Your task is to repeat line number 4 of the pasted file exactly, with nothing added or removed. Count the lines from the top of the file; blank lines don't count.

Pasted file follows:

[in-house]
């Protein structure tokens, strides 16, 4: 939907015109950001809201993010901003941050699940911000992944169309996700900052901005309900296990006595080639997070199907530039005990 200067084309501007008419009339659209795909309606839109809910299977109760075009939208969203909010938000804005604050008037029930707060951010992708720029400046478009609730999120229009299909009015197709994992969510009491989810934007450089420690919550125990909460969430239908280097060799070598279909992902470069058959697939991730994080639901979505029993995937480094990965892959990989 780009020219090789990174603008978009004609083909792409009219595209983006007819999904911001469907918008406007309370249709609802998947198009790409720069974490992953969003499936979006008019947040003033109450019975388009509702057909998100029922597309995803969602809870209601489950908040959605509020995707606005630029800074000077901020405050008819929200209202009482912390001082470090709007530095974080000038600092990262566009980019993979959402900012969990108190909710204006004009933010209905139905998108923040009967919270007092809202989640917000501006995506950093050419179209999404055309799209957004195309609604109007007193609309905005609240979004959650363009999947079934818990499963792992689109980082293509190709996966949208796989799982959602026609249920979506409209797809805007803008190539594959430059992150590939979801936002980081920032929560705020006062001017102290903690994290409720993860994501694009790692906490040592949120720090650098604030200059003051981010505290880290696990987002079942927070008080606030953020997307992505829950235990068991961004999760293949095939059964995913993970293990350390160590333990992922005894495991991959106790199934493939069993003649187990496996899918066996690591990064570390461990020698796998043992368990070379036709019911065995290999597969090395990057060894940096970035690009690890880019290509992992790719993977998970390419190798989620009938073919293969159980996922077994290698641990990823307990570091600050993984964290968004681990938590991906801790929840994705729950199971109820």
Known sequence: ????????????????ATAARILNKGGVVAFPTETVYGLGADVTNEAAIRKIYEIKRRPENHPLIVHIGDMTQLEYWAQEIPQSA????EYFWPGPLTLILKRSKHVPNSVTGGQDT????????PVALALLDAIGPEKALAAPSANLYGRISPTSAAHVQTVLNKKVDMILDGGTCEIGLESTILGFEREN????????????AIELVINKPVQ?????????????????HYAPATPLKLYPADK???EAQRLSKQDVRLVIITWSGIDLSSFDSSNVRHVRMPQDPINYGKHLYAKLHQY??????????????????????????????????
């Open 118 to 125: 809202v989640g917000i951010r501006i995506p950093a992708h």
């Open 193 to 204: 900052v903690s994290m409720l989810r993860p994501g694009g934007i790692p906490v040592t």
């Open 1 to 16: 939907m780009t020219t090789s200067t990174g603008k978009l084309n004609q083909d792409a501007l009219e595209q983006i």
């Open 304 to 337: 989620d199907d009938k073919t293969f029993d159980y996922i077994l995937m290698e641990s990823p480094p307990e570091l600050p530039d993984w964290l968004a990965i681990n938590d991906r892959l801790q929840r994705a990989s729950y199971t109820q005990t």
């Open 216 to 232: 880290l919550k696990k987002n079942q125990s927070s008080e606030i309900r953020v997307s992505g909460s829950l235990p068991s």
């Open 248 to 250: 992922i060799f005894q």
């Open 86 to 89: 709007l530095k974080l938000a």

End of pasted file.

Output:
């Open 118 to 125: 809202v989640g917000i951010r501006i995506p950093a992708h």